“Fearing marauders and seeking to subjugate the indigenous population while making use of their labor, Zama finds his loyalties divided and his desires manipulated in a series of intensely condensed dramatic tableaux, which Martel ingeniously renders simultaneously stark and teeming,” writes the New Yorker’s Richard Brody. “She develops a cinematic style, marked by tense closeups, asymmetrical framings, offscreen voices, and sharp contrasts in focus, that fits the subject with a singular precision. The relentless plotting of potentates and labors of servants and slaves fill the onscreen space with a seemingly combustible tension—and then long-stifled violence surges to the fore. Few films convey such amplitude so sparely; it’s a two-hour film that feels like it’s twice that length, not in sitting-time but in narrative scope and dramatic detail.”

    Keith Uhlich puts in a word for “the gorgeously askew photography by Rui Poças, regular collaborator of Miguel Gomes and João Pedro Rodrigues. This is a somnolent symphony of disappointment and delay. . . . There's a sense that even the movie itself, which emerged after a reportedly tumultuous production period, is perched on some divide between actuality and non-being. That's a tricky line—one that Martel walks, in spite of any extra-textual obstacles, with supreme confidence throughout.”

    Variety’s Esla Keslassy reports that Strand Releasing has picked up North American rights with an eye to release Zama in theaters early next year.

    Updates, 10/2: For those who read Spanish, Haciendo Cine has posted an interview with Martel conducted by Kleber Mendonça Filho (Neighboring Sounds, Aquarius).

    Zama, the video game.

    Updates, 10/3: “How strange and apt that the year's most sensorially and ideologically dense film is also a comedy of microaggressions, built on the minor workplace humiliations of a pencil-pusher in the 1790s,” writes Christopher Gray at Slant. “Zama, a company man somewhat oblivious to the internecine maneuvering in his midst, never figures out how to behave. If he learns anything over the course of this extraordinary film, it's that concepts as foundational as identity and possession can be illusory: Zama's furniture belongs to the Spanish crown, and his ostensible subjects reject or ignore his every entreaty. Martel at least seems to offer him some release through this revelation. Her compositions gradually broaden in scope, encompassing more and more unfettered land, while local warriors painted in red move through the frame in packs that expand by the shot. In its gruesome but strangely tranquil final scenes, both Zama and the film seem to succumb to a quiet sort of fever, drifting away from history and into a land without borders.”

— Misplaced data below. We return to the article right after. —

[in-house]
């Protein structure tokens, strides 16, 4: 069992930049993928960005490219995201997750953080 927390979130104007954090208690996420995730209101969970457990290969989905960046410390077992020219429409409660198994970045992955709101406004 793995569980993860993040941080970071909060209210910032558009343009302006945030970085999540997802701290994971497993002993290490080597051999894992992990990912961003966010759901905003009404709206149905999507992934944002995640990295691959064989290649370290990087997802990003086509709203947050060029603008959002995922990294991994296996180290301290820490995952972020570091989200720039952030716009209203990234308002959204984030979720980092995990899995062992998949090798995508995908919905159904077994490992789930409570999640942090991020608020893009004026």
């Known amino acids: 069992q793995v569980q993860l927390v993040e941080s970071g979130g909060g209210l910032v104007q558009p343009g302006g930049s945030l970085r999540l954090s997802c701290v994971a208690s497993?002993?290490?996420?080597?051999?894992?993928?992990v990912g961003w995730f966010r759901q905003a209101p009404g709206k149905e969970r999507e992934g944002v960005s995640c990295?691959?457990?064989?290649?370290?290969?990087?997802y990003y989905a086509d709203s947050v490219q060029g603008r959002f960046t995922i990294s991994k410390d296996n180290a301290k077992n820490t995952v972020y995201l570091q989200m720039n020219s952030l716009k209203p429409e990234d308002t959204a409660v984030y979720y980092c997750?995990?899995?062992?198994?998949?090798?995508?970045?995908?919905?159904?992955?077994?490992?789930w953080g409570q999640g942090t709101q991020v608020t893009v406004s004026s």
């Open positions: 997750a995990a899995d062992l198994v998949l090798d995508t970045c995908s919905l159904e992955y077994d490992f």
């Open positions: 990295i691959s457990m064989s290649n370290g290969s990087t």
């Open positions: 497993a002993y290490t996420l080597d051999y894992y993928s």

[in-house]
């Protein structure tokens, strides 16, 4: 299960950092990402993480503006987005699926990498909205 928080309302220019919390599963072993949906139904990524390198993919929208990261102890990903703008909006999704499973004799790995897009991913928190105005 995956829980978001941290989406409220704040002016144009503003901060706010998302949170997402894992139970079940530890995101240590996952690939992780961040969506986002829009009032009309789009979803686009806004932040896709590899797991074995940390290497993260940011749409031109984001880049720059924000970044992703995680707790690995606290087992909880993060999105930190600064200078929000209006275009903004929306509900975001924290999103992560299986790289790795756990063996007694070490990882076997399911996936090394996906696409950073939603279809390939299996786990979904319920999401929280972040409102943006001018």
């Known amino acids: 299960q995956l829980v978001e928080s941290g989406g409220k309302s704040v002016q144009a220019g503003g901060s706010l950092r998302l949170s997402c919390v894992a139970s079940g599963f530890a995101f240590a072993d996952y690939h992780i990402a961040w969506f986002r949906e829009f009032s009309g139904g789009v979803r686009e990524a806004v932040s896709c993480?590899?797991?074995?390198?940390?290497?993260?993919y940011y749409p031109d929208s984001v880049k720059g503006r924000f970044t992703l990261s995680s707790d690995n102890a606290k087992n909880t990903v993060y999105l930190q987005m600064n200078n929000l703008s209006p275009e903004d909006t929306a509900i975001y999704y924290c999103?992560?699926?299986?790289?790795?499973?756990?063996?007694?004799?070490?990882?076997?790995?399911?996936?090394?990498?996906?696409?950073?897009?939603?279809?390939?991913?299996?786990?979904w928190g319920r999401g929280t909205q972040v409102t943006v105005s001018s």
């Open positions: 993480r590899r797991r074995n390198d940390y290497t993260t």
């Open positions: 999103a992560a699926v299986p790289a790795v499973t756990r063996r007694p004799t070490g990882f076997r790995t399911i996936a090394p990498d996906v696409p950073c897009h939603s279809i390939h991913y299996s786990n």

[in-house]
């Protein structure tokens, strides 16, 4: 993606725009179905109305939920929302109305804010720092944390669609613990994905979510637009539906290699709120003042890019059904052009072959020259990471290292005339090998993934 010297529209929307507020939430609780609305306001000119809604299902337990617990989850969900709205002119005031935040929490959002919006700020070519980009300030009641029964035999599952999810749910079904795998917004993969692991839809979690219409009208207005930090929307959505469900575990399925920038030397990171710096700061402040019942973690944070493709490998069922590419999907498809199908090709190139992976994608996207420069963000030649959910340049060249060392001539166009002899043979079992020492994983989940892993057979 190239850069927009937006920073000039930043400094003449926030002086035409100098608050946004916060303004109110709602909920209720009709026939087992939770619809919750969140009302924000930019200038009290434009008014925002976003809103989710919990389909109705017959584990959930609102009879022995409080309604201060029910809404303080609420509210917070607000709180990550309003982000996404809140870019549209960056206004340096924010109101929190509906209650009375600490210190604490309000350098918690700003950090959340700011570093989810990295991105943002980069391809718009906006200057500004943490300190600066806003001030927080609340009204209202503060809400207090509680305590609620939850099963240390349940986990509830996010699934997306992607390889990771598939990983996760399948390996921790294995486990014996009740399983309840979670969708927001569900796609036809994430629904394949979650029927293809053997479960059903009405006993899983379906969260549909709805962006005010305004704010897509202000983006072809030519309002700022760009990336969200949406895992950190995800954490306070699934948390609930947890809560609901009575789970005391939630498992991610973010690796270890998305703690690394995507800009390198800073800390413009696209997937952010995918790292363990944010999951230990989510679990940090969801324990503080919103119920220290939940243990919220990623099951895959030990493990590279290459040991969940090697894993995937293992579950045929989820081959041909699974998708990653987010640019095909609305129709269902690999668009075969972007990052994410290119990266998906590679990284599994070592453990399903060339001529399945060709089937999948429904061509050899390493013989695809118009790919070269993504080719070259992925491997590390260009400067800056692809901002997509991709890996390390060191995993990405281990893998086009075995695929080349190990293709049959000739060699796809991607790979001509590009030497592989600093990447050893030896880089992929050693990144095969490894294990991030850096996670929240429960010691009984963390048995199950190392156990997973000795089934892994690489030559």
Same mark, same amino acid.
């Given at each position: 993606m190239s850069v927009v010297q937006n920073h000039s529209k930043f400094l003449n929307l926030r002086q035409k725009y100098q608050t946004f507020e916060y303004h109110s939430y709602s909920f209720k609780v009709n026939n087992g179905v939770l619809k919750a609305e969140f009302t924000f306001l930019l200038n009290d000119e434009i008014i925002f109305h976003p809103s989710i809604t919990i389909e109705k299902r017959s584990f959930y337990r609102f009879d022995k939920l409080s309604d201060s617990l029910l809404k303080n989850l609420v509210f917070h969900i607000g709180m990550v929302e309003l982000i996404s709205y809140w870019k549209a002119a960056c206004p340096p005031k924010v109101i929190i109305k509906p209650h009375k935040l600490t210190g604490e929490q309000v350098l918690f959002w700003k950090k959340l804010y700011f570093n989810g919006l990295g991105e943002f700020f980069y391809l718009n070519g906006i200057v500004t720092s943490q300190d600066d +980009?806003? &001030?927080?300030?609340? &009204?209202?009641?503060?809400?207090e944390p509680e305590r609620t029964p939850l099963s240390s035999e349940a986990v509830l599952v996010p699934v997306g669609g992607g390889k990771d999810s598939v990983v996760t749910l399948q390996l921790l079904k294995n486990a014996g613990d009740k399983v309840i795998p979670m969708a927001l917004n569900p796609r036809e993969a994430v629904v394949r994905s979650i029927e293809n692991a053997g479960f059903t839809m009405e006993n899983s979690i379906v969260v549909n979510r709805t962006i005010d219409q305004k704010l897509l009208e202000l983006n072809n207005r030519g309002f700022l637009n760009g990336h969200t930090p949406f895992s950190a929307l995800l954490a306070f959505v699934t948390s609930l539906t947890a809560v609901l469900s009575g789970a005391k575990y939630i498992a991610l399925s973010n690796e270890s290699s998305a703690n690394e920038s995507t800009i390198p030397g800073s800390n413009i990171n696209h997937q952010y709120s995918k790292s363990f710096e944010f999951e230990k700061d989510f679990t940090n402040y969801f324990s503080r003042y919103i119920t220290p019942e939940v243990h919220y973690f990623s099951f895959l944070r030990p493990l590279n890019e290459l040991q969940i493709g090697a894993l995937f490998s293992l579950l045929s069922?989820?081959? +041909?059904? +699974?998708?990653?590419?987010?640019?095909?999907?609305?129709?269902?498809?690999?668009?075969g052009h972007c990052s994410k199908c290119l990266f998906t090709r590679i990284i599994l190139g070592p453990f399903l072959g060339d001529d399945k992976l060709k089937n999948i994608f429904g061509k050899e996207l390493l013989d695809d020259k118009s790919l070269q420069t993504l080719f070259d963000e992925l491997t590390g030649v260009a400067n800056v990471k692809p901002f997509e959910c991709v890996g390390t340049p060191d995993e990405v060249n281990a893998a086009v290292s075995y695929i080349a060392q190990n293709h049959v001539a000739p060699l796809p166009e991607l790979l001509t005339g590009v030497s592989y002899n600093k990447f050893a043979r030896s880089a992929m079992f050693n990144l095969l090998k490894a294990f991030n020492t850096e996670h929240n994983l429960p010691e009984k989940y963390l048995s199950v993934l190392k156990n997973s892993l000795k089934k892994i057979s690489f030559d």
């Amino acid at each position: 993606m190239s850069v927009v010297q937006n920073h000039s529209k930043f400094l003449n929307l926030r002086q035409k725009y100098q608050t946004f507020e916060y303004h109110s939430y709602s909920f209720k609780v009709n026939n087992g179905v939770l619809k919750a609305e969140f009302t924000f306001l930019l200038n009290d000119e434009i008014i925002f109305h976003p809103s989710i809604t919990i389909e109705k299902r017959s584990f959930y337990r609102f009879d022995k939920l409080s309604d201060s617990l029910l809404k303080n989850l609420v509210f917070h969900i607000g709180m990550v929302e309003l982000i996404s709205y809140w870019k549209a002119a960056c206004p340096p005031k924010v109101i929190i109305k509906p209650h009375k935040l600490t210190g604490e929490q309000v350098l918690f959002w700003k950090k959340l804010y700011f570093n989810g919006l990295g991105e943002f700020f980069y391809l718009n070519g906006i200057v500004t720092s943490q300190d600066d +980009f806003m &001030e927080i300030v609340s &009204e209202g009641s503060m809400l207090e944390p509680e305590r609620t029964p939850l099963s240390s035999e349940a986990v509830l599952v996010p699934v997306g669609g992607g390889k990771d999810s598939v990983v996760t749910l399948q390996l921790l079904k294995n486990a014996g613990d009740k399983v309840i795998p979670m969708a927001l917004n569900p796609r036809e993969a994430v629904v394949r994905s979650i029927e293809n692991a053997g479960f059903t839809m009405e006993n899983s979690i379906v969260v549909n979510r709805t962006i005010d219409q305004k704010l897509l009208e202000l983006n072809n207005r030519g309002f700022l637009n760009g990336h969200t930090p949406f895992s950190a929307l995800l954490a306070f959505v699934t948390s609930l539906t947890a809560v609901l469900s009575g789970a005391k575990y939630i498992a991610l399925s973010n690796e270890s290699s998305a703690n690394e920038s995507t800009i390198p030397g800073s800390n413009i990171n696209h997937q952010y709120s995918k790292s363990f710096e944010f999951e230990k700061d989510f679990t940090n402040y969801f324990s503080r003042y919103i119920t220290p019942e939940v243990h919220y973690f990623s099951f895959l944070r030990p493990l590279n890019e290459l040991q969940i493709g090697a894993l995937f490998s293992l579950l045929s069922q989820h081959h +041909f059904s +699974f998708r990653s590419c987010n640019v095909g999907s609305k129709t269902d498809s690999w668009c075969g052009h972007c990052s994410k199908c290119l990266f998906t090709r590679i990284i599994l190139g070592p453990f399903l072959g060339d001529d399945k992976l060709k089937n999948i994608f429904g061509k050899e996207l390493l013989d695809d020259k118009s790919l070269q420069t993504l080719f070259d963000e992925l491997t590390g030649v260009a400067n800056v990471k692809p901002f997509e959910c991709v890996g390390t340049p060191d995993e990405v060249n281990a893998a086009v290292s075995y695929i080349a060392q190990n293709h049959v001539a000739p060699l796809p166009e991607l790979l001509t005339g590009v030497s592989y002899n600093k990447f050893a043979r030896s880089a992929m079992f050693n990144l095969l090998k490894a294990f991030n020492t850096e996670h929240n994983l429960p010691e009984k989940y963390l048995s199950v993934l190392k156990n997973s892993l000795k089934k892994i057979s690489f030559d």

“Kathryn Bigelow is an excellent example of a woman seeing things like a man,” Martel tells E. Nina Rothe at the Huffington Post. “She’s a super talented woman and director but she has such a white, male, American vision of things. I’m not saying that all female moviemakers are better than men but I think that if you are born on the margins, on the frontier of power you have a chance of seeing things better rather than if you are inside the mainstream, in power. But only if you are self aware of what is going on and if you know how to use it.”

    Martel will be at the Pratt Film/Video Department in Brooklyn this evening to take part in a discussion of her work with professors Jim Finn and Matías Piñeiro.

    Update, 10/7: “Martel, an unexpected and perfect match for the material, renders the novel into beguiling chops and chunks,” writes John Magary for Screen Slate. “Through her thrillingly democratic eye, the officials and their servants—and the servants’ servants, and the children of the servants, and the animals attending to the children—roam through backgrounds and foregrounds, attending to some unexplained duty. The ‘subjects’ of the frame—often Zama himself, eyes darting to the next ‘horizon’ in a head-crowding close-up—appear at once bound and unbound.”